The Choices We Make

J.K. Rowling once said, “It is our choices that show what we truly are, far more than our abilities.” As we reflect on our own teaching experiences, we must not forget to think about the choices we make. Do you choose to be proactive or reactive to difficult situations that you encounter with your students?

Food for Thought:

  • Be receptive to feedback from your colleagues and principal
  • Increased opportunities for student voice
  • Ask for support and/or assistance when needed
  • Increased amounts of common planning time with grade level peers
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Solitude

Laurence Sterne once said, “In solitude the mind gains strength and learns to lean upon itself.” As we think about our own teaching and/or learning experiences, how often do we establish a calm and peaceful learning environment?

Food for Thought:

  • Incorporate mindfulness breaks into a typical day
  • Provide opportunities for students to “be still and listen”
  • Provide for effective transition and/or movement breaks

Discipline

Discipline is a process that uses teaching, modeling, and other appropriate strategies to maintain behaviors that ensure a safe, orderly, and productive learning environment by changing unacceptable behavior to acceptable behavior.

In thinking about your own teaching experiences, how often do you reinforce appropriate behaviors? How often do you focus on the inappropriate behaviors?

Food for Thought:

  • Recognize and reinforce ALL positive behaviors, even the “baby steps” that some kids make
  • Work with parents and families to create a successful plan for success
  • Explicitly teach, model, and practice appropriate behaviors and/or expected outcomes

A Matter of Choice

Haim Ginott once said” I have come to a frightening conclusion. I am the decisive element in my classroom. It is my personal approach that creates the climate. It is my daily mood that makes the weather. As a teacher, I possess tremendous power to make my students life miserable or joyous. I can be a tool of torture or an instrument of inspiration. I can humiliate or hurt, humor or heal. In all situations, it is my response that decides whether a crisis will be escalated or de-escalated, and my student humanized or de-humanized.”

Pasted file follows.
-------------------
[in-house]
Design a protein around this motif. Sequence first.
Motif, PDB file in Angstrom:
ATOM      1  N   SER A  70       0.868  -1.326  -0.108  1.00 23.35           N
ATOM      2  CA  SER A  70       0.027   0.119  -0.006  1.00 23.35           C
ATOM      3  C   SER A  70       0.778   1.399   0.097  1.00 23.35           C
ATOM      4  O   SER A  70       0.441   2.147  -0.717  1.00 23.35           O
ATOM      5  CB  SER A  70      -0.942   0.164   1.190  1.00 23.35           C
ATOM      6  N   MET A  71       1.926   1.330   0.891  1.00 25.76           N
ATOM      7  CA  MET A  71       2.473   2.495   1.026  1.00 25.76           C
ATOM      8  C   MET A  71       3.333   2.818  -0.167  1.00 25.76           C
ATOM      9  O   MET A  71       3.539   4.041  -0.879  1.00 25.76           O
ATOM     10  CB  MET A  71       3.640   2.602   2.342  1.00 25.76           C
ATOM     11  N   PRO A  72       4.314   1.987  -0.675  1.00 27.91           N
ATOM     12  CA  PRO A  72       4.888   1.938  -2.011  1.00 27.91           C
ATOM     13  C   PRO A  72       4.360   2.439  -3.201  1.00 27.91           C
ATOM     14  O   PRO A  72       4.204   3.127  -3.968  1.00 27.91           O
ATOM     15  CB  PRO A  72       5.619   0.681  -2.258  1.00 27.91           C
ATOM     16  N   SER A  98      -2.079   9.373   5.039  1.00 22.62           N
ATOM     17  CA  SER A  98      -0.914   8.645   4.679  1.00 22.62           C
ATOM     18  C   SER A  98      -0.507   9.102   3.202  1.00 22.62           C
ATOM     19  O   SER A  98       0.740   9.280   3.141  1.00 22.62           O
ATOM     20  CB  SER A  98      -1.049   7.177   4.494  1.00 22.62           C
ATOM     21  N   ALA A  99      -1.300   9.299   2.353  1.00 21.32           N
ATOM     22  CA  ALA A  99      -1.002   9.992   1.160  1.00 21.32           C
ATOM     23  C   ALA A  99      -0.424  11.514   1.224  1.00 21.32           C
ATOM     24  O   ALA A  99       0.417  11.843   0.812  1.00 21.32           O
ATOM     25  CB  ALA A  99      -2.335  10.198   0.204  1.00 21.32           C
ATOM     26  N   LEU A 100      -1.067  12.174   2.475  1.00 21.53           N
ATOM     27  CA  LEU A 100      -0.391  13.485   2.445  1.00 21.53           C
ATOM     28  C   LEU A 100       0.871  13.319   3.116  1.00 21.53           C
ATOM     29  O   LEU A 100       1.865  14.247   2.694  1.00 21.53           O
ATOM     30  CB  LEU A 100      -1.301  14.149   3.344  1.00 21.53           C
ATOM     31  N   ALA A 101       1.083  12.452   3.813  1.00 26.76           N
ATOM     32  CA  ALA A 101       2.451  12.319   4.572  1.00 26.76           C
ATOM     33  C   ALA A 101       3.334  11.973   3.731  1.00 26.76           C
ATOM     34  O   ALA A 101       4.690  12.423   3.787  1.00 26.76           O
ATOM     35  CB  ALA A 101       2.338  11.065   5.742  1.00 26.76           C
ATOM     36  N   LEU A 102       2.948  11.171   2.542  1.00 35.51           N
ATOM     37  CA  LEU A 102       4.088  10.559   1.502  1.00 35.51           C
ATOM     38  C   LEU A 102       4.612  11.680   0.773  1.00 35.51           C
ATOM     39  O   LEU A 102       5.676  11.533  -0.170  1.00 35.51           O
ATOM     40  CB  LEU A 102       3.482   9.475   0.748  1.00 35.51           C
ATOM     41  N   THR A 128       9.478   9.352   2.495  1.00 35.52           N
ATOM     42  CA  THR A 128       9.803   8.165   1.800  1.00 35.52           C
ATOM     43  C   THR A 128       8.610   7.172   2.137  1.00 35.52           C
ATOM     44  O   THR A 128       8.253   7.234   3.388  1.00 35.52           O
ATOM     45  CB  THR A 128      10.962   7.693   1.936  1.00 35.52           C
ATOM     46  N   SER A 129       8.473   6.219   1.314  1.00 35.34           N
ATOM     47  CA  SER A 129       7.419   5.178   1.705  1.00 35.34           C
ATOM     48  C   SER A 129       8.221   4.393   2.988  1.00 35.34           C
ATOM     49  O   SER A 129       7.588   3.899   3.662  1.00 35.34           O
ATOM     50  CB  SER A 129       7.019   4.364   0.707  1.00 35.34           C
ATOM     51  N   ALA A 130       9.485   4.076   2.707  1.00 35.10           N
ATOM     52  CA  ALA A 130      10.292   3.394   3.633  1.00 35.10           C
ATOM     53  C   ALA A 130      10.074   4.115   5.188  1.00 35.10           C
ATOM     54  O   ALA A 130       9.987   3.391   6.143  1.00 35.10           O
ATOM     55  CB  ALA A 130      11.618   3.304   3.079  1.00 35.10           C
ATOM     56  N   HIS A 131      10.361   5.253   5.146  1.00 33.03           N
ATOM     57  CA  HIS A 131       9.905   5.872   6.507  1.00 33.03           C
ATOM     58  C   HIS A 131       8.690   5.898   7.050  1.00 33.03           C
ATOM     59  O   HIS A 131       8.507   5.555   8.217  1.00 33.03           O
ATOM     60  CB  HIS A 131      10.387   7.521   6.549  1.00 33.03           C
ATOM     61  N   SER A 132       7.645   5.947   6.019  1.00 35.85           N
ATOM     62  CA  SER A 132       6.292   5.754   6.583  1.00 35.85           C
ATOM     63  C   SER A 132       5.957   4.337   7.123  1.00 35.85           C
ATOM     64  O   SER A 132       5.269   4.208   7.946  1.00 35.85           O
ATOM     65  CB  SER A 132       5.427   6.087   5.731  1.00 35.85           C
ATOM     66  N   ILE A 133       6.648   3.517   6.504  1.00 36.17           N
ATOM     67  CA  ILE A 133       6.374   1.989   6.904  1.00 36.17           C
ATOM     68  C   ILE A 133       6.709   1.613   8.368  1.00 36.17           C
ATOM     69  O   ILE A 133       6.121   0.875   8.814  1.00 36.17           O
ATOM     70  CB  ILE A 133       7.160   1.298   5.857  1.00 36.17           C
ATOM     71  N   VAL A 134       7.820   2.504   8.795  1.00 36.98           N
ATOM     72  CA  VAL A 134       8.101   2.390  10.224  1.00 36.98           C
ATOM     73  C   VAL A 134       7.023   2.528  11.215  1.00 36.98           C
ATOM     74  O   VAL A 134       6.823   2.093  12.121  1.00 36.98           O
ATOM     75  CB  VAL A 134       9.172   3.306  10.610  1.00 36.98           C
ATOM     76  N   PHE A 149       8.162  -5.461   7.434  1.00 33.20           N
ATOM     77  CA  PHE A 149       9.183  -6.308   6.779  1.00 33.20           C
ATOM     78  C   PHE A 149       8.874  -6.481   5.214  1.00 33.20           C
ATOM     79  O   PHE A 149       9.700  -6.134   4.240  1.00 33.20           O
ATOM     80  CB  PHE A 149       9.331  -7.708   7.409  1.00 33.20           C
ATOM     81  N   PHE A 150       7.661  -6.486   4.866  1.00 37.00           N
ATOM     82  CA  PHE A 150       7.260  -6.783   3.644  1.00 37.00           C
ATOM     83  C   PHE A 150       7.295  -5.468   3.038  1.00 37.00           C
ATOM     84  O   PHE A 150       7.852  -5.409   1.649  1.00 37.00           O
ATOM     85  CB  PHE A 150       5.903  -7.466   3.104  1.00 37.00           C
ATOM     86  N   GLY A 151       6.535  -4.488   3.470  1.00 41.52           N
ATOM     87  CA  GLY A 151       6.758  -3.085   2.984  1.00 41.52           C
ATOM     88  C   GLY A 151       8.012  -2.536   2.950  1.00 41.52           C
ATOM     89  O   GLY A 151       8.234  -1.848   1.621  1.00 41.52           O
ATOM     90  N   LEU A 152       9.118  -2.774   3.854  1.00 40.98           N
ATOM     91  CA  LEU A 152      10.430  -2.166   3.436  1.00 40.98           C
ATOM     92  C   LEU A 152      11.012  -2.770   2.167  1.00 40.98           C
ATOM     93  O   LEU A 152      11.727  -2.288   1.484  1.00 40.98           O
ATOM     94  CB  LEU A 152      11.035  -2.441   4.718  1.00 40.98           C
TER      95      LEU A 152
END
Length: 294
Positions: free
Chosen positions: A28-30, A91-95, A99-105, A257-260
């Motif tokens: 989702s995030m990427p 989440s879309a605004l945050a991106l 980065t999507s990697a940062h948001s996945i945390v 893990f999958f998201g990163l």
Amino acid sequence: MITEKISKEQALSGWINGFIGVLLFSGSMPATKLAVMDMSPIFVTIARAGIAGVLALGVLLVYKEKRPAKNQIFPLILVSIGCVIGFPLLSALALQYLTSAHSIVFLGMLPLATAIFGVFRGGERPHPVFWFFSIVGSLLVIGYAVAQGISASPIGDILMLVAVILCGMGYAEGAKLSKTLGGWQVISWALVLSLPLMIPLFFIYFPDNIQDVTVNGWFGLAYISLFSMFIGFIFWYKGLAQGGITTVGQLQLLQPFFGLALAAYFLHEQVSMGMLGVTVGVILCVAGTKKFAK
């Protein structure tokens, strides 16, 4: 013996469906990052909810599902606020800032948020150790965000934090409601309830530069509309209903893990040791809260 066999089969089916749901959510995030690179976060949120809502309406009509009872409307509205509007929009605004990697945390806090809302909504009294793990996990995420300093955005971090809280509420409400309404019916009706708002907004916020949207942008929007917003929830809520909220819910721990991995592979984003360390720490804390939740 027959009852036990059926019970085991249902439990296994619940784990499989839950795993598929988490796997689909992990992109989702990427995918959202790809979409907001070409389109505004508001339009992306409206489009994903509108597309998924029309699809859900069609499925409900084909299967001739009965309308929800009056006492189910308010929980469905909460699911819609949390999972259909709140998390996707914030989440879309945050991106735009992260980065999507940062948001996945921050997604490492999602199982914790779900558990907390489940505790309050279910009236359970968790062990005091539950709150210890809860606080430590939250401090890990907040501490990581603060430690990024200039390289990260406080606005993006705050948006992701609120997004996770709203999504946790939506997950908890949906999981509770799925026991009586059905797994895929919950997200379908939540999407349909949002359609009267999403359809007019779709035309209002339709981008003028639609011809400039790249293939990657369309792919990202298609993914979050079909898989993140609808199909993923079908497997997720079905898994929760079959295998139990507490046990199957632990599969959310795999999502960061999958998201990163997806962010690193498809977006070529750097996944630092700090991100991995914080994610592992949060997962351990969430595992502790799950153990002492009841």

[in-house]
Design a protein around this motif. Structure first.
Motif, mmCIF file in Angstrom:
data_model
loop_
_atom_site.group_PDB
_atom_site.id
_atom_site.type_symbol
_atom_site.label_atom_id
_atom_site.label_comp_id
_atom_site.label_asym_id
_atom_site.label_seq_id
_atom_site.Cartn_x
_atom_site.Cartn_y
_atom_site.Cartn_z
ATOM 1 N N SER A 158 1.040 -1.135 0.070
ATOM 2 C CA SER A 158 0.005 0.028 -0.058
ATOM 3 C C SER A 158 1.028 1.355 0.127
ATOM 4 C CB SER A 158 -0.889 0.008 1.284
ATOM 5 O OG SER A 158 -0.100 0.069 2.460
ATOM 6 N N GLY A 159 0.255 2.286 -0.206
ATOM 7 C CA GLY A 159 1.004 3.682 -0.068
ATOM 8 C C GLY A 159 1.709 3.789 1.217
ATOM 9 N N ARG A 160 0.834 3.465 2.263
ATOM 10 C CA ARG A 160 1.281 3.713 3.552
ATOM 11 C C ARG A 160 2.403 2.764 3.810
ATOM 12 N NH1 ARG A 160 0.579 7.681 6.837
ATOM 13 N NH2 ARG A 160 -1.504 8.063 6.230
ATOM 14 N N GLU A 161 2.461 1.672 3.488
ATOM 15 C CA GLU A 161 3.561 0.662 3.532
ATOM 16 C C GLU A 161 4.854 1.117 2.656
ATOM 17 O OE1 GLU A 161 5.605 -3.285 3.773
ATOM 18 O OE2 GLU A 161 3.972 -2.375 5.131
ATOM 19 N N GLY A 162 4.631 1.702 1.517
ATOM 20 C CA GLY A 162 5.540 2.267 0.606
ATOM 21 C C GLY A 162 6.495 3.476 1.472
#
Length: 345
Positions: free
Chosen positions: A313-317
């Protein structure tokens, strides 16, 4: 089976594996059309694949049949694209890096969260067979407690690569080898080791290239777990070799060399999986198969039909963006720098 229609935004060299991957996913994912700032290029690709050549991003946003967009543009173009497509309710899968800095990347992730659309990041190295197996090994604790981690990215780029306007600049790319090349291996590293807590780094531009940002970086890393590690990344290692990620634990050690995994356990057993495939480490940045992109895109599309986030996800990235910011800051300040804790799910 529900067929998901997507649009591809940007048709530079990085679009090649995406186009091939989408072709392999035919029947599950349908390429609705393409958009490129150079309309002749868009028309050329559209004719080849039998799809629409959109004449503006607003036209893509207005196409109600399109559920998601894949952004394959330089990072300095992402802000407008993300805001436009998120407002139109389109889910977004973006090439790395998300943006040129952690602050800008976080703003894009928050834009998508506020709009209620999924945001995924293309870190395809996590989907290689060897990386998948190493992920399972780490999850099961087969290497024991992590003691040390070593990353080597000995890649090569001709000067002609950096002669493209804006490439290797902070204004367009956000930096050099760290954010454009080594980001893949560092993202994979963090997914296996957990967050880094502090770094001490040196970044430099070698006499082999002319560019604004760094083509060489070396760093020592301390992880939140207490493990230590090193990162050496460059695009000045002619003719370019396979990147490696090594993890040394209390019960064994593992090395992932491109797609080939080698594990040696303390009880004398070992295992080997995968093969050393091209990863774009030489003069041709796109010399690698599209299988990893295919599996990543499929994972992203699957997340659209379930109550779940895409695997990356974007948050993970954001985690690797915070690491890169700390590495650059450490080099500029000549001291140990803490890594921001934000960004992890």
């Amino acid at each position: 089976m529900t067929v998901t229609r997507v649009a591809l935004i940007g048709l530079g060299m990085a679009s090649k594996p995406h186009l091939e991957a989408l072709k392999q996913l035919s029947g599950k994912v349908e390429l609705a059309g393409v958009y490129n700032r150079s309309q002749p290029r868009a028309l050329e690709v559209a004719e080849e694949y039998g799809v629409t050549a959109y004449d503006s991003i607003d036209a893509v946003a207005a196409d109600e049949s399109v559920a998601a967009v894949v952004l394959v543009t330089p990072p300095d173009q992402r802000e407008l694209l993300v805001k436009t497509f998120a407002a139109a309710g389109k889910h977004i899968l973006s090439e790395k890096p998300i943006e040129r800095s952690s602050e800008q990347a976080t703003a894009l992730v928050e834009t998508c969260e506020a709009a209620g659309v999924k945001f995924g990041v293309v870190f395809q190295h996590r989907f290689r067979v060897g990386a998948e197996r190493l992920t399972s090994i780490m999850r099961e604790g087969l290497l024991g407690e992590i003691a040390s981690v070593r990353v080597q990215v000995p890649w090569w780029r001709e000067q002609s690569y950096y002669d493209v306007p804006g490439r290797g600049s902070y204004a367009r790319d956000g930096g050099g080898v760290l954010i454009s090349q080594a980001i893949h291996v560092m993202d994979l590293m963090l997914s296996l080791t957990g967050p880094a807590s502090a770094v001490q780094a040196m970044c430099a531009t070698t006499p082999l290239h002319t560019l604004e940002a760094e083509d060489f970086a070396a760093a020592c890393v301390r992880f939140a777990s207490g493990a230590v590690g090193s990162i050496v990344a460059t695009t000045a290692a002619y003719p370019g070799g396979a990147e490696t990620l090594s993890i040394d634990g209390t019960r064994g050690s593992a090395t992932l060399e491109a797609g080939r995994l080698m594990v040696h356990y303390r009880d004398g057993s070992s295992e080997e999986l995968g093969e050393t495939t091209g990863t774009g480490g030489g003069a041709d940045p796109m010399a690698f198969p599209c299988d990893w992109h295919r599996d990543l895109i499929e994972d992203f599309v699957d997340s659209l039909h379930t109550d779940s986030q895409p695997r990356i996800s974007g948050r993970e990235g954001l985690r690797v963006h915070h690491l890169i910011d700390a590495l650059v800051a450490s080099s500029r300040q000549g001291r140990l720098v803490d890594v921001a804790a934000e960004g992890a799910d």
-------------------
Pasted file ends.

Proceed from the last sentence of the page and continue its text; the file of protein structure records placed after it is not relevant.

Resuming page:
Upon reading this, I am constantly reminded that all our “choices” have a consequence. Only we are in control of this.

Food for Thought:

Stop and Think: Be Proactive vs. Reactive

Be mindful of difficult moments

A New Attitude

Maya Angelou once said, “If you don’t like something, change it. If you can’t change it, change your attitude.”

When reading this quote, I am often reminded of the many times, we sometimes feel powerless. I then take a step back and remember that we do have autonomy over most of what we are asked to do. Sometimes this requires changing our mindsets, even though it can be difficult.

Food for Thought:

Turn at least one negative into a positive

Advocate your students

Collaborate with colleagues on a regular basis

Share a “best practice” with a colleague

Hear Me

Ram Dass once said, “The quieter you become, the more you are able to hear.” When reading this quote I am often reminded about all the missed opportunities for our students for peer-to-peer discourse activities.

Food for Thought:

Less teacher talk and more student talk

Daily reflections for students to share thinking

Circulate and watch and/or listen to the kids

Lift Me Up

John Holmes once said, “There is no exercise better for the heart than reaching down and lifting people up.” This make me stop and think about all the negativity we experience as teachers. What we must remember is to stop and think before acting. Will my reaction be in the best interest of my students?

Food for Thought:

Be still and listen

Be proactive instead of reactive

Be positive with a colleague and/or student that you have difficulty with